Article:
SW: Before leaving Malmö I bought a science magazine in Sweden, and here I read several articles about physics and astronomy: a new estimate for the size of the Milky Way, a relativistic version of a theory that dispenses with dark matter and energy by operating with a dependency between gravity and mass density in space, and finally a large exoplanet that is far too close to its star for comfort.

Anders H: some corrections to my Swedish, including *ock instead of 'och' and some cases of *at instead of 'att'

12 june 2009 (p.120)

Fasulye: has understood that I spoke Danish to the Swedes in order to test their comprehensiion skills, - and that is not wrong. She refuses to believe that the Milky Way should be as large as the Andromenda Galaxya and envies the possibilities I have during my travels for buying bilingual dictionaries with weird language combinations.

Jar-Ptitsa: likes the Icelandic letters ð and þ. Recognizes the problem with missing morphological information from Dutch-->French dictionaries, - even the gender of the Dutch words is often missing.

Fasulye (DU): Points to the "Wolters Sterwoordenboek Frans-Nederlands en Nederlands-Frans" which has exactly this defect.

13 june 2009 (p.121)

IC: I have visited several places outside central Reykjavik yesterday. Conclusion after the tour: I didn't speak much Swedish in Sweden, but could have done it at any moment. In Icelandic I didn't because I distrusted my level in that language, and the local people seemed to get a shock every time I tried. However my passive skills - especially reading - have progressed immensely after just a few days here. The words that I try to look up in my little Langenscheidt dictionary now mostly are so rare that I can't find them, - that's a good sign. I have bought an audio book with the saga of Egil Skallagrimsson.
ENG: To Fasulye: the Swedish replied in Swedish even when I spoke to them in Danish. I'm happyly surprised that I can use a dictionary based on Swedish without missing out on words. To Jar-Ptitsa and Fasulye: The situation with Dutch-based bilingual dictionaries is a resultat of the relative lack of people who want to learn Dutch.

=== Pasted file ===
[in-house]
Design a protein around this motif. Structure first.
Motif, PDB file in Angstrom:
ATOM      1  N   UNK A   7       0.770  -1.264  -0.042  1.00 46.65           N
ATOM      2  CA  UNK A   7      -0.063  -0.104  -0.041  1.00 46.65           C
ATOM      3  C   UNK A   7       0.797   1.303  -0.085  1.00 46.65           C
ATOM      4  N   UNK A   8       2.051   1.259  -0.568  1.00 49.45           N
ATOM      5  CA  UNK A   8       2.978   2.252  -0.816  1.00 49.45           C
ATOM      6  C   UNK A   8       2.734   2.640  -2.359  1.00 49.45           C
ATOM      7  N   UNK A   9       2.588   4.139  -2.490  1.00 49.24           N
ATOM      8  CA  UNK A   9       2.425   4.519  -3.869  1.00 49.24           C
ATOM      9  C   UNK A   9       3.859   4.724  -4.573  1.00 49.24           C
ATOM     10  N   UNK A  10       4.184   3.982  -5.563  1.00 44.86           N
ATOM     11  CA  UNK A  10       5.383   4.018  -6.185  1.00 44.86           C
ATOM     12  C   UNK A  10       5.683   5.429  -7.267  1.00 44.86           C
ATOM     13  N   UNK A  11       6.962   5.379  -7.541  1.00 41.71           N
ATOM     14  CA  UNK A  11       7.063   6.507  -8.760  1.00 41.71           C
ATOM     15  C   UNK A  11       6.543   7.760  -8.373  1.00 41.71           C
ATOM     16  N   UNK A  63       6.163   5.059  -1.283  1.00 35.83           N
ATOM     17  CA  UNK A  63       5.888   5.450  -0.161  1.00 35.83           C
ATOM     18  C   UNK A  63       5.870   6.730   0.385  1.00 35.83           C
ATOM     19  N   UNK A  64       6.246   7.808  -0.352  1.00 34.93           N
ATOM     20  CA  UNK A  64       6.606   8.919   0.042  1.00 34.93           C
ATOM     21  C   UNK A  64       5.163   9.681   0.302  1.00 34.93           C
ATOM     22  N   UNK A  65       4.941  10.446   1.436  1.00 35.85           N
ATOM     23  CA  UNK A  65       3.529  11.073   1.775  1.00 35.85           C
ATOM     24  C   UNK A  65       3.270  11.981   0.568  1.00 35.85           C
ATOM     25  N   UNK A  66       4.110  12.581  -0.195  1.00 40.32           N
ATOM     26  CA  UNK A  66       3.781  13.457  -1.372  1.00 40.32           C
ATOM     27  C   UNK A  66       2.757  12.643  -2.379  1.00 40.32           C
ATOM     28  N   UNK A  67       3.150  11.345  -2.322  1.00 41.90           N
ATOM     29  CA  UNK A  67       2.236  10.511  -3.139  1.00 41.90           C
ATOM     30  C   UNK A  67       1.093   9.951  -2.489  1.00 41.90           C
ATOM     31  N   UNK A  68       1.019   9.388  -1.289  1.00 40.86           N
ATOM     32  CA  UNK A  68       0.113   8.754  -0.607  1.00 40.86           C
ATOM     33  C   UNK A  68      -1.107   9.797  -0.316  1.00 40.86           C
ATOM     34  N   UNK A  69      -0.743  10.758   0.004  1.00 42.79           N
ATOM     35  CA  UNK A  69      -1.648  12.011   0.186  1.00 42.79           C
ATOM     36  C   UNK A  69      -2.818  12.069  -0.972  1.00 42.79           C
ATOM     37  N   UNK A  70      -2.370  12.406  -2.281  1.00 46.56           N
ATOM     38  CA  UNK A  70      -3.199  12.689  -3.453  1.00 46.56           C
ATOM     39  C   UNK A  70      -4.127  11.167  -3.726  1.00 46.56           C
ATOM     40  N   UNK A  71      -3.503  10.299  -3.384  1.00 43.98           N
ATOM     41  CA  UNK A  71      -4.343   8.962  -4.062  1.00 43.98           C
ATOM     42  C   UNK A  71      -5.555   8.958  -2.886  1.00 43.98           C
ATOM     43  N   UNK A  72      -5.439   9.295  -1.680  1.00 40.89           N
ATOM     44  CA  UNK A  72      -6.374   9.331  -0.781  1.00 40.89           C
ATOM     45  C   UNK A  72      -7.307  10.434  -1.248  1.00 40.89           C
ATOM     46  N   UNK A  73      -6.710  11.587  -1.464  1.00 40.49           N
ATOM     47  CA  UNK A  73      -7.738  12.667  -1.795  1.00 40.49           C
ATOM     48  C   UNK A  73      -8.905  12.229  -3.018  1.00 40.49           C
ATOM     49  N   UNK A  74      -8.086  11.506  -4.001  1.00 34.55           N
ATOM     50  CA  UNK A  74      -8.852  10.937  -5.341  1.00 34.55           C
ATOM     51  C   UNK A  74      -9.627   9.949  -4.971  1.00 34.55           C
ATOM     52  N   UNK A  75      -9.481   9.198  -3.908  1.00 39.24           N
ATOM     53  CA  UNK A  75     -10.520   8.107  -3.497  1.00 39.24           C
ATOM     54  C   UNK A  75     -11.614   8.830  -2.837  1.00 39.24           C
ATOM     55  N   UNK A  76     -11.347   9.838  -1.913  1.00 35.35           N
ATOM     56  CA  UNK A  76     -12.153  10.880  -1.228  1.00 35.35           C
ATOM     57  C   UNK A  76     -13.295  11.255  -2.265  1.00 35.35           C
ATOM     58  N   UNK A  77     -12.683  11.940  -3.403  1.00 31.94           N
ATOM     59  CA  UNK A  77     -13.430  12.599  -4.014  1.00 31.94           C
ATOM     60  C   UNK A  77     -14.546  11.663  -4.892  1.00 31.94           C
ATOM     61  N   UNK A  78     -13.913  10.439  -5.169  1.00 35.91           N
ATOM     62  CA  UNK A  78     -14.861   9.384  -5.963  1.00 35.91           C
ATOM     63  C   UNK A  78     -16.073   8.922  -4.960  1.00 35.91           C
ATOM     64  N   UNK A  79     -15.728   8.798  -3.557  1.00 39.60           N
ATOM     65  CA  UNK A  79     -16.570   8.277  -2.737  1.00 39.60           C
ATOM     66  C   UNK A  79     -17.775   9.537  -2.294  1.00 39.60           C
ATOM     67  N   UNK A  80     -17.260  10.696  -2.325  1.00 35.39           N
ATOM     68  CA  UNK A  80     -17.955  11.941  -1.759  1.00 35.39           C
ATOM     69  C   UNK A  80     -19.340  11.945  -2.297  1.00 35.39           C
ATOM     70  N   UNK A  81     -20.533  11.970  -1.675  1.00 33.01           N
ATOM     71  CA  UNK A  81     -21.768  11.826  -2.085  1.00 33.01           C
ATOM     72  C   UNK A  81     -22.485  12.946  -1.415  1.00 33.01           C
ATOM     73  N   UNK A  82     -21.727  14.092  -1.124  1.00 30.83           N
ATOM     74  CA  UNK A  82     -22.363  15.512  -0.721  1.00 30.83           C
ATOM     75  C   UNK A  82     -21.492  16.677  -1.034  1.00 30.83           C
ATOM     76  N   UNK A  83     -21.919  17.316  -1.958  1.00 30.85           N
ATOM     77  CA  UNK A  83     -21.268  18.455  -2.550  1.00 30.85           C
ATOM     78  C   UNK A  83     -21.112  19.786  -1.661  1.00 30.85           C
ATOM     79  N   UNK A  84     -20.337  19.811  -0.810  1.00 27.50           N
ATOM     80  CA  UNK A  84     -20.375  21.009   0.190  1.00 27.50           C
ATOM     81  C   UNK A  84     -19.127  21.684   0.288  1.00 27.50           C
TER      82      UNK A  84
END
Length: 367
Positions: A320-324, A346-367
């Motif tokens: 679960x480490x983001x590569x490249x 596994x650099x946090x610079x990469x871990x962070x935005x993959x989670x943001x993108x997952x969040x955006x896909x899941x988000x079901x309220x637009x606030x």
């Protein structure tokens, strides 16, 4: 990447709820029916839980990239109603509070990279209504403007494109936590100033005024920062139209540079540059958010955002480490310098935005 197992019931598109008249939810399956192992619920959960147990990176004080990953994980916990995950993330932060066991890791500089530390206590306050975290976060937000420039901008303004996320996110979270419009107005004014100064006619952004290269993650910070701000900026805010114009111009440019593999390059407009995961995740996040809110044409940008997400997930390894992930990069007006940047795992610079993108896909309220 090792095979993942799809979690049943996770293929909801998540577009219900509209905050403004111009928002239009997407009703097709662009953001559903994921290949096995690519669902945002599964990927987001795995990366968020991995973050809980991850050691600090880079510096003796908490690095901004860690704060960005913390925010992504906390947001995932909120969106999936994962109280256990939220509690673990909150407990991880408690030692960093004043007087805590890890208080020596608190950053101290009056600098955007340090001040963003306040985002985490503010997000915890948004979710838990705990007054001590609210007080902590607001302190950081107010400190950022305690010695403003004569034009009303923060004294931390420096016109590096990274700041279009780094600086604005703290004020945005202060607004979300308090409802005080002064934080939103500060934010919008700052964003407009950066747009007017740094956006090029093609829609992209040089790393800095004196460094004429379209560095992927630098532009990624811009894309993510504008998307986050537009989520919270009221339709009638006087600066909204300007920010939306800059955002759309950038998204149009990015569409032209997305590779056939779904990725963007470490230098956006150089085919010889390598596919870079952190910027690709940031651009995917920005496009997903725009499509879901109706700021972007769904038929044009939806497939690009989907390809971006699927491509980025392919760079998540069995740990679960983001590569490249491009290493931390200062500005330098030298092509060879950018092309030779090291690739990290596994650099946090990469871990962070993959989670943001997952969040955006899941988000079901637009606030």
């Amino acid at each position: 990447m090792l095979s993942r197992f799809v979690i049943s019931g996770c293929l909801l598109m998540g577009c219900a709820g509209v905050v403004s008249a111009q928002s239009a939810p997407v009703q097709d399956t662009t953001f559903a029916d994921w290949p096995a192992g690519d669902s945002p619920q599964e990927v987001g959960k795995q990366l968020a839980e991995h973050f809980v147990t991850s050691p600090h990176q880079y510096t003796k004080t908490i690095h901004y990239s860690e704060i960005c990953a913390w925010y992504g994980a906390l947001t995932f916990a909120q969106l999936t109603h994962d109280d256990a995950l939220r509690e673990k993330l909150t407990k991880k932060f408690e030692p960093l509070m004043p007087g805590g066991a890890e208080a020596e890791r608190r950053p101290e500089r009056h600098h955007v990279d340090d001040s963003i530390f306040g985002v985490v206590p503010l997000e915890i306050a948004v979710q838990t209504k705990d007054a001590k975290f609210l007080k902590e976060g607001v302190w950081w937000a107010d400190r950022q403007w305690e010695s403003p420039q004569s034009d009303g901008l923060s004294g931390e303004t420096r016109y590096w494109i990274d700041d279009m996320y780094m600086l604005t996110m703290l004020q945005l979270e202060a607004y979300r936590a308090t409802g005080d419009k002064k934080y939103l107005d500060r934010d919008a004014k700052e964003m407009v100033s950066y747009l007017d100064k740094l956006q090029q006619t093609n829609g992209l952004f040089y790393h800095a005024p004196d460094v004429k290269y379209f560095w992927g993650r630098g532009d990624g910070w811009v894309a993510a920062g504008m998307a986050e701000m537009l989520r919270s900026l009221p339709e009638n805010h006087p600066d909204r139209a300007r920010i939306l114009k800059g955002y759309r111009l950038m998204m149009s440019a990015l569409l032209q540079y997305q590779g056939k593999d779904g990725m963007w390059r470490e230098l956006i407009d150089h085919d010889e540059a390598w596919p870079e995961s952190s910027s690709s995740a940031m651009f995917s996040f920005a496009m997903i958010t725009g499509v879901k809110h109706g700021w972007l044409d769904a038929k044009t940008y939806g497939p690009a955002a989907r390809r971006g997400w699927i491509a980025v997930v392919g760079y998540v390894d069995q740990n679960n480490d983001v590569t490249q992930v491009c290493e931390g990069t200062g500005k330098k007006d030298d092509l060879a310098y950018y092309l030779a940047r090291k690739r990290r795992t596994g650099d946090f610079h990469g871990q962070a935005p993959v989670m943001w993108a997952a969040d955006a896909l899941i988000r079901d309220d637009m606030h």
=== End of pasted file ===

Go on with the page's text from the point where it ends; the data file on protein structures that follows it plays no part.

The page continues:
14 june 2009 (p.121)

DA: Back home again, which is celebrated with a hyperliteral translation into ENG

15 june 2009 (p.121)

Fasulye: Something about having an account with Youtube, has also found a course in Danish there
Recht: happy to hear words he just has learned, such as "verkösten"

16 june 2009 (p.121)

ROM: had to wait for a large print job at my job and spent the time reading something about the town Sinaia in Romania, which I visited in 2006.
ENG: At home: listened to Beowulf, partly in Anglosaxon (but didn't catch much of that part). Read about a solar eclipse that will pass over Southern China July 21, - but I can't comment on it because I can't write in Chinese

17 june 2009 (p.122)

ENG: spent some hours the previous evening on working with bilingual texts in Tagalog, - first a Danish-Tagalog text from the Book of Kings (in the Bible), made with the tools at Lexilogos, but then I realised that two of my Tagalogean dictionaries were even more suite to this activity because each word was illustrated with a sentence in Tagalog and its translation into English. However I was puzzled by having two words for grasshopper in the Tagalog sample sentence I quoted (against just on occurrence in the English version)

GoldFibre: Suspicion confirmed with the help of a Filipino coworker.

ENG: ... but the most puzzling thing was that this coworker had to look up the word 'luktón' - there was no warning in the dictionary that this might be a rare word.

18 june 2009 (p.122)

Josht mentions another dictionary with sentences at every word: "A Phrase and Sentence Dictionary of Spoken Russian" (written for the US military)

ENG: more about "Ordinary good dictionaries (OGD)" versus "Phrase dictionaries (PD)"

19 june 2009 (p.121)

CAT: a podcast about the small town Tossa de Mar which I have recently visited, sent on TV3 Catalunya, series "Espai de terra".